Does believing the best of everybody save trouble?

"I always prefer to believe the best of everybody, it saves so much trouble."
- Rudyard Kipling

After quoting from Rudyard Kipling's poem "If" yesterday, today I would like to write about another quote of the writer, which is the one above.

To me, the wisdom of the two parts of this statement must be examined separately because they are about two different issues. One issue is whether we should choose to "believe the best of everybody". The other issue is whether doing so "saves so much trouble".

One thing that always impresses me when I travel to Europe is how things operate on the principle of mutual trust. Take public transport as an example. One can take buses and trains (not all, but many of them) without making payment or showing proof of payment. One should pay his fare, of course. In Denmark, based on my experience and observation, there are at least three ways of paying one's bus fare: buying a ticket from the driver, buying a ten-trip ticket and insert it into a machine on the bus for punching information about the number of uses, or, in the case of tourists, buy a card (the one for Copenhagen is called Copenhagen card, the one for Aarhus is called Aarhus Card, etc.) which entitles the holder to free travels within certain zones for a certain number of days. But except users of the first way which comes across the driver as gatekeeper, other passengers can freely hop on and off buses. The same goes for many train services. Of course, I am not saying that you don't have to pay. The onus is always on the passangers to show evidence of payment when required, even though we never had to show our Copenhagen Dards and Aarhus Cards during our stay in the cities. In Hong Kong, passengers must swipe the Octopus card or insert the ticket or money to get in. Period.

During such bus or train trips, there are a number of things I always wonder about: Has everyone really paid? Would they be caught if they hadn't, like if I did not have a Copenhagen Card or an Aarhus card indeed? Why don't those European countries install a card reader or a turnstile like we do when obviously they have the technology and resources to do so? Why don't Hong Kong adopt such a system?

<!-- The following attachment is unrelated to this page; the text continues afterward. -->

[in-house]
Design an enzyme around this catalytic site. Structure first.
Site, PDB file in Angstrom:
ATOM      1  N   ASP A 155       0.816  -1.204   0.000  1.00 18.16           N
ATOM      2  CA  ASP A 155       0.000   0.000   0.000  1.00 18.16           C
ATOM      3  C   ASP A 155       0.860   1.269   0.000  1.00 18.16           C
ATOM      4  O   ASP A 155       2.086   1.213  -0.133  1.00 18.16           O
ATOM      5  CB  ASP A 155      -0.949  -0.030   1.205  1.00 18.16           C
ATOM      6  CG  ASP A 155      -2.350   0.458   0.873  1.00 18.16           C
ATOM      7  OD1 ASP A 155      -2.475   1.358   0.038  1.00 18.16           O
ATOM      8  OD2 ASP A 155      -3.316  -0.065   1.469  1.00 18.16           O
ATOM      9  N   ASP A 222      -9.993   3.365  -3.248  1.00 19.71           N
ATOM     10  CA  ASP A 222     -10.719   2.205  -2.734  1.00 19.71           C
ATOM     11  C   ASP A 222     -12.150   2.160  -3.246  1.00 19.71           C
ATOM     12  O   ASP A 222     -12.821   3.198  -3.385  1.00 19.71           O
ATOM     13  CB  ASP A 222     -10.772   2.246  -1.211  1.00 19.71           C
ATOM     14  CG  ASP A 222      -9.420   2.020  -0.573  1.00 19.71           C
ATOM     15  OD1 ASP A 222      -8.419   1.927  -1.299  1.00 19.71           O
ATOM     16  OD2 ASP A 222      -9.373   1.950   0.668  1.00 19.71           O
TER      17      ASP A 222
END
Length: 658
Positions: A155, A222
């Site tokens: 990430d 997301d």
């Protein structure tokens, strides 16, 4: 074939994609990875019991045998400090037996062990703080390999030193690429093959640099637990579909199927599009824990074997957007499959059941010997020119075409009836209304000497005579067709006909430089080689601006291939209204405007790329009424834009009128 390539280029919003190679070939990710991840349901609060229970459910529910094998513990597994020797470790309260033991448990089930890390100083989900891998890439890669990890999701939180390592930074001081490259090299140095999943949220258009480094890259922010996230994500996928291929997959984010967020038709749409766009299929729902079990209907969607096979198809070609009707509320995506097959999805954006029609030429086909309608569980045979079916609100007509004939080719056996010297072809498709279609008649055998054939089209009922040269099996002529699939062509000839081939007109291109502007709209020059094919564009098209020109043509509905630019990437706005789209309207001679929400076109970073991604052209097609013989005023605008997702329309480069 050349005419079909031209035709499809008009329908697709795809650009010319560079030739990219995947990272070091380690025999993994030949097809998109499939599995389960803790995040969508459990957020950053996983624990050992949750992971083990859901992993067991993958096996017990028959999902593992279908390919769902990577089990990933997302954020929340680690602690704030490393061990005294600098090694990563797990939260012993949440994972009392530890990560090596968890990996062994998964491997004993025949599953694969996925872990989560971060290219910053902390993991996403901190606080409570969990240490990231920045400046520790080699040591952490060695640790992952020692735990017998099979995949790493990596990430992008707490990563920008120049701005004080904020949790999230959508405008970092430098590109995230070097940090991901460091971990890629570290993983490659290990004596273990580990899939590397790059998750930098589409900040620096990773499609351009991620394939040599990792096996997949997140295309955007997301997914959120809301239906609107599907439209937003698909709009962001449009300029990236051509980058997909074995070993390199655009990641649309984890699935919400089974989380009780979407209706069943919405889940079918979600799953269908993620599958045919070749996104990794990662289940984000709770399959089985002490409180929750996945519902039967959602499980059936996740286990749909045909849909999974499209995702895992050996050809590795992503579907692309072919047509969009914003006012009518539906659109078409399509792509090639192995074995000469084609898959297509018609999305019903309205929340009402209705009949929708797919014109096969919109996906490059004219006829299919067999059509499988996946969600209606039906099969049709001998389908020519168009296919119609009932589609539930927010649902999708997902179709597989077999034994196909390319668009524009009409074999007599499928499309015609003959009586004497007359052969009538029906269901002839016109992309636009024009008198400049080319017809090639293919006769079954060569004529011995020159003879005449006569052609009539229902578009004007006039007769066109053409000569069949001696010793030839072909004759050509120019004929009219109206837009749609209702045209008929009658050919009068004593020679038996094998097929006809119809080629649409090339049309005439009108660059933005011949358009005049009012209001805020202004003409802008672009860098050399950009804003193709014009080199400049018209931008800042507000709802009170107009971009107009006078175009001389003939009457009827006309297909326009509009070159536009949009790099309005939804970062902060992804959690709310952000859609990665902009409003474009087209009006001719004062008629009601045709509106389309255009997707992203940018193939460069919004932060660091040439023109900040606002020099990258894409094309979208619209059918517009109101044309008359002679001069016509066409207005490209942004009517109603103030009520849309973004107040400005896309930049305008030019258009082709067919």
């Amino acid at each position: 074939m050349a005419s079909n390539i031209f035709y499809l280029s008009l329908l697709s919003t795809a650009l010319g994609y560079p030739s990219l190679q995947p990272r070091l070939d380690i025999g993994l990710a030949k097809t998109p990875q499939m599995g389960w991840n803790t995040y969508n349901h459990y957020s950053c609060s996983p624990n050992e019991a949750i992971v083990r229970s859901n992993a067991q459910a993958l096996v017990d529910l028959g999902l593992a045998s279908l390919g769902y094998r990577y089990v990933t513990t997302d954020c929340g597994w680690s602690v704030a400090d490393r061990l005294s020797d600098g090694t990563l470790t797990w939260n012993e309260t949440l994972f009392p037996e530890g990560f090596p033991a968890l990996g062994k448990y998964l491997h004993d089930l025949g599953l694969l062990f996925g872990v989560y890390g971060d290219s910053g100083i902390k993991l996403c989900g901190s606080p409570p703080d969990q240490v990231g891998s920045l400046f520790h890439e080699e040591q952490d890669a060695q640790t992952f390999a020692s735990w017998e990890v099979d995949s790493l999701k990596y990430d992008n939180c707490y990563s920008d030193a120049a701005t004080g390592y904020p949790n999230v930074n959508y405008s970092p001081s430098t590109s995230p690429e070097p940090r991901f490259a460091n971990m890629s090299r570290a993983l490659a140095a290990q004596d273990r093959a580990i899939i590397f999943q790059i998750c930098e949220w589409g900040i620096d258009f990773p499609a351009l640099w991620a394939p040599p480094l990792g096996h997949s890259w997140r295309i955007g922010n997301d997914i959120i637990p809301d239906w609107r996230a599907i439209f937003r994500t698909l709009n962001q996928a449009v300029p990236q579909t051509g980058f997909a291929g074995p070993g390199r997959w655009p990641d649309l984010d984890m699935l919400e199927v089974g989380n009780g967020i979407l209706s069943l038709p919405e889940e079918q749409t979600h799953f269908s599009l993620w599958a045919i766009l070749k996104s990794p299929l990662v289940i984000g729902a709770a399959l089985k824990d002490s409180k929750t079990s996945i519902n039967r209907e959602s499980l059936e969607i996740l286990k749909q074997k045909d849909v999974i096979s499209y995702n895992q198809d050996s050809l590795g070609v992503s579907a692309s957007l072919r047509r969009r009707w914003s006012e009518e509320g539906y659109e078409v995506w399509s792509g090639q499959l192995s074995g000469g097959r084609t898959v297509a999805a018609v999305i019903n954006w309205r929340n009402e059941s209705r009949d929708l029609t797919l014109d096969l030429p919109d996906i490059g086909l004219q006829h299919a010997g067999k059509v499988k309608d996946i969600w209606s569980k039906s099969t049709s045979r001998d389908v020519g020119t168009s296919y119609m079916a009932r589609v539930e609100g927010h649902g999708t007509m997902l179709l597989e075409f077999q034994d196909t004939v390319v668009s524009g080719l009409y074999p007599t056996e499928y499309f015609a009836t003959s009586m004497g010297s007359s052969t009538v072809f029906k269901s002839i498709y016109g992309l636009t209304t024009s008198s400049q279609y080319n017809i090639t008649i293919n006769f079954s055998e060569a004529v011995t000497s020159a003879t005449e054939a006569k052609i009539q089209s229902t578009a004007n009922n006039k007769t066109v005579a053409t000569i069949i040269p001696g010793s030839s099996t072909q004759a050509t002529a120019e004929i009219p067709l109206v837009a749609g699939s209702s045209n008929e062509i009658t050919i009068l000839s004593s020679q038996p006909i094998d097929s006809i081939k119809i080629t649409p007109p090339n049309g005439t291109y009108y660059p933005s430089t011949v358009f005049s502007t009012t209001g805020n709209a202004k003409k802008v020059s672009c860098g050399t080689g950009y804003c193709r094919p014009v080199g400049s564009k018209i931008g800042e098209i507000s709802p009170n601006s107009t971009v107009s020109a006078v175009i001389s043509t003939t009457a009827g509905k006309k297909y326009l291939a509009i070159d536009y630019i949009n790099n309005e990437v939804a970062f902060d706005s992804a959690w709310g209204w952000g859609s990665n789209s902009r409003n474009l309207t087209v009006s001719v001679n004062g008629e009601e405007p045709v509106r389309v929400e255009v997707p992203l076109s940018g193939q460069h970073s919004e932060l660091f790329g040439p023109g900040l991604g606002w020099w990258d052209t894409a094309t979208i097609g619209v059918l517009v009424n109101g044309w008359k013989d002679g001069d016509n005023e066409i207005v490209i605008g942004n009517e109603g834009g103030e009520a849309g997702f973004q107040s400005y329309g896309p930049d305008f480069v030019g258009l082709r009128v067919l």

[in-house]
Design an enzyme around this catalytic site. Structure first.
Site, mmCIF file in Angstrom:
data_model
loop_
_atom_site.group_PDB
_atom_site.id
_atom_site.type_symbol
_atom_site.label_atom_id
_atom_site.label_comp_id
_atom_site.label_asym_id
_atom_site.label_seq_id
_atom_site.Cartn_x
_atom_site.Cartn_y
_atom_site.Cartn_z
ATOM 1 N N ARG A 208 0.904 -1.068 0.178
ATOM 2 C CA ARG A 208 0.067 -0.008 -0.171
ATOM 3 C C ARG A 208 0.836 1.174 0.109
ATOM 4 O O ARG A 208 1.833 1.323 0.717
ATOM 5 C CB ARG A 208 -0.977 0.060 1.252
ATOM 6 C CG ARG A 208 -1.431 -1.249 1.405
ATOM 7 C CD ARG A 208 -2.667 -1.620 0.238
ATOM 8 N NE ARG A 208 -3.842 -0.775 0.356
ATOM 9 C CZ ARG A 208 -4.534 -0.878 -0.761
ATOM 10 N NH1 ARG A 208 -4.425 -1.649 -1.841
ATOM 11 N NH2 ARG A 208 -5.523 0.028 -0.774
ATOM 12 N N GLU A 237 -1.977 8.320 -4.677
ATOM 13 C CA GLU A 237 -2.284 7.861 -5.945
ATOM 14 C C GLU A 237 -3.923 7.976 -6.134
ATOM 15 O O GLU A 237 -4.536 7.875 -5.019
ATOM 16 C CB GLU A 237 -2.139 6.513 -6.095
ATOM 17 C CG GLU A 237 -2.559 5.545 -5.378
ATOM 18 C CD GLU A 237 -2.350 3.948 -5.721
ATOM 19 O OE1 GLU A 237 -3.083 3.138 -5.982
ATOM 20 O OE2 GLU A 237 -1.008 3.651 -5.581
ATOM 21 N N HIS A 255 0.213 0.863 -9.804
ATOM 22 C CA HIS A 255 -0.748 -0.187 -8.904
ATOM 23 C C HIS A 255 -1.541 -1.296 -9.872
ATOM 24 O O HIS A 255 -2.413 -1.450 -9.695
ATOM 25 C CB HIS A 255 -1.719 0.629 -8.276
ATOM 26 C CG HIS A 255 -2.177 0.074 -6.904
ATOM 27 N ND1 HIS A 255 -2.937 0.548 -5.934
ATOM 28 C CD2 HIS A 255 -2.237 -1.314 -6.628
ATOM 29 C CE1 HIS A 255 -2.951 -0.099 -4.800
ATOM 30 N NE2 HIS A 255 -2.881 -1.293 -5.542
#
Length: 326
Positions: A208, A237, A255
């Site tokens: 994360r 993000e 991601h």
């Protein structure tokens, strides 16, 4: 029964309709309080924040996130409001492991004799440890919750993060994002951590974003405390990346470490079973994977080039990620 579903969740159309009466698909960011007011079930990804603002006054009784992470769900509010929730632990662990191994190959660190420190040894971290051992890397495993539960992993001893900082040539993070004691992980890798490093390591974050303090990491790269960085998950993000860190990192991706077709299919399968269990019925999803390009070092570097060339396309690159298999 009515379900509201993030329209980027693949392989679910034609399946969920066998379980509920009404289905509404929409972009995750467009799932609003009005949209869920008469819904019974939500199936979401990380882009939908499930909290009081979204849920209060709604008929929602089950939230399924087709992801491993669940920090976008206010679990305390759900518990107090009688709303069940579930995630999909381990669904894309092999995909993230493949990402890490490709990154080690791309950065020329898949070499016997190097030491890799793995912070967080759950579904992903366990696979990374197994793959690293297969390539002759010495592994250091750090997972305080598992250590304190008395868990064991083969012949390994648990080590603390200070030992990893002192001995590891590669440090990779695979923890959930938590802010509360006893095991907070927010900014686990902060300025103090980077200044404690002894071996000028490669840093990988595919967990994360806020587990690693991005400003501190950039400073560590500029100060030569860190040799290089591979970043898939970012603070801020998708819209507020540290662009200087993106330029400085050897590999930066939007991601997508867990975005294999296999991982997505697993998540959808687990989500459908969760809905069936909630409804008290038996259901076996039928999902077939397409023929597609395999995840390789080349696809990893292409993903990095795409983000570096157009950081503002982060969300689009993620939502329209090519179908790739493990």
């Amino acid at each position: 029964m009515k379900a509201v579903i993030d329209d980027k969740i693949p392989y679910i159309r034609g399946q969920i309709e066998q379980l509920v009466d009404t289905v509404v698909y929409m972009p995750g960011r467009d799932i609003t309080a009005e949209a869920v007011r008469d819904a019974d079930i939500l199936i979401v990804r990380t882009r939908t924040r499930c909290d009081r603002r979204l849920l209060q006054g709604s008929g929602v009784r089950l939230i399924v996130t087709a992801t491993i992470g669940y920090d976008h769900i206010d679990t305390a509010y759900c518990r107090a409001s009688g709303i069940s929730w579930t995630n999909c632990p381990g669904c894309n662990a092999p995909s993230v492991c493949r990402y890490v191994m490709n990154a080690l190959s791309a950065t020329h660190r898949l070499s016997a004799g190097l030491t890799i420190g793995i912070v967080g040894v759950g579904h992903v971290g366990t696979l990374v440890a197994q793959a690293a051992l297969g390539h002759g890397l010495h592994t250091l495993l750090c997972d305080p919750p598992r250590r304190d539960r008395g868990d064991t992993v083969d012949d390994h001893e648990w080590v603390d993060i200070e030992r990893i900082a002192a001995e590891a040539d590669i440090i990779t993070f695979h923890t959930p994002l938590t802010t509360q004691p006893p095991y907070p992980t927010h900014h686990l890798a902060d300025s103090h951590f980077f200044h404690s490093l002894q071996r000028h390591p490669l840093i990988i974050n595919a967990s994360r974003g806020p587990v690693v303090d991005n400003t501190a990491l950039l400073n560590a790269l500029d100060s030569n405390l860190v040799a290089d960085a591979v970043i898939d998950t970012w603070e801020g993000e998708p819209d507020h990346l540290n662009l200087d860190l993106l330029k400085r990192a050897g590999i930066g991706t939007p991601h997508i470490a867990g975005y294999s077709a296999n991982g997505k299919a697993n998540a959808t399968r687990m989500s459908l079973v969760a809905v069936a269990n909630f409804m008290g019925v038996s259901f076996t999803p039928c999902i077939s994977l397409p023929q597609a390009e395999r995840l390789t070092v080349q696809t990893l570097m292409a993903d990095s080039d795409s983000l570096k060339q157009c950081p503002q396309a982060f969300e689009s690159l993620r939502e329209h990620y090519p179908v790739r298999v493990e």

Another example of mutual trust is related to accommodation. For all the Bed and Breakfast places we stayed at during this trip, all that they knew about us was from the emails I sent them for booking. In some cases, we just met the owners once, when we arrived. They explained everything. We paid. That was it. When we left, we dropped the key in the mailbox. No credit card numbers or personal identification documents or checking out were ever required. In my country, a traveller cannot possibly check in to any lodging without showing documents, or check out without someone coming to the room to confirm that nothing is missing. Again, I wonder whether such an operation system can be adopted in where I come from.

What these systems reflect is that people in Europe are more ready to "believe the best of everybody". And the fact that service providers have not lost confidence in the systems reflects that the principle of mutual trust has not been abused - not seriously, at least. As for Hong Kong and China, my belief (and certainly also the belief of the service providers) is that using these systems would produce disastrous results on revenues as there would be huge number of cases of non-payment. Now notice that this is just a belief. The fact may or may not be like that. But that is precisely the point. We are talking about beliefs here. I have to confess that I don't have much trust in my own people (and, I believe, vice versa), and this lack of trust is based on past experience and acculturation. My past experience and acculturation tell me that in our culture, believing the best of everybody DOES NOT save trouble. It CAUSES trouble.

It is certainly nice that we can believe the best of everybody because it is more peaceful and less stressful that way. If the trust is mutual, and if the mutual trust is complemented by mutual respect, then it can, as Rudyard Kipling said, save so much trouble. Otherwise, if the trust is abused by one party, then the other party is in trouble. This has happened so often in our culture that we have all got wiser. And while this has not been such a problem in some parts of the West that systems which operate on mutual trust still have a place, I am certainly not suggesting that there are no such abuses in those parts of the world at all. As my story on 9 and 10 August shows, I almost had my wallet stolen in a country that is considered to be highly developed and one of the safest in the world.

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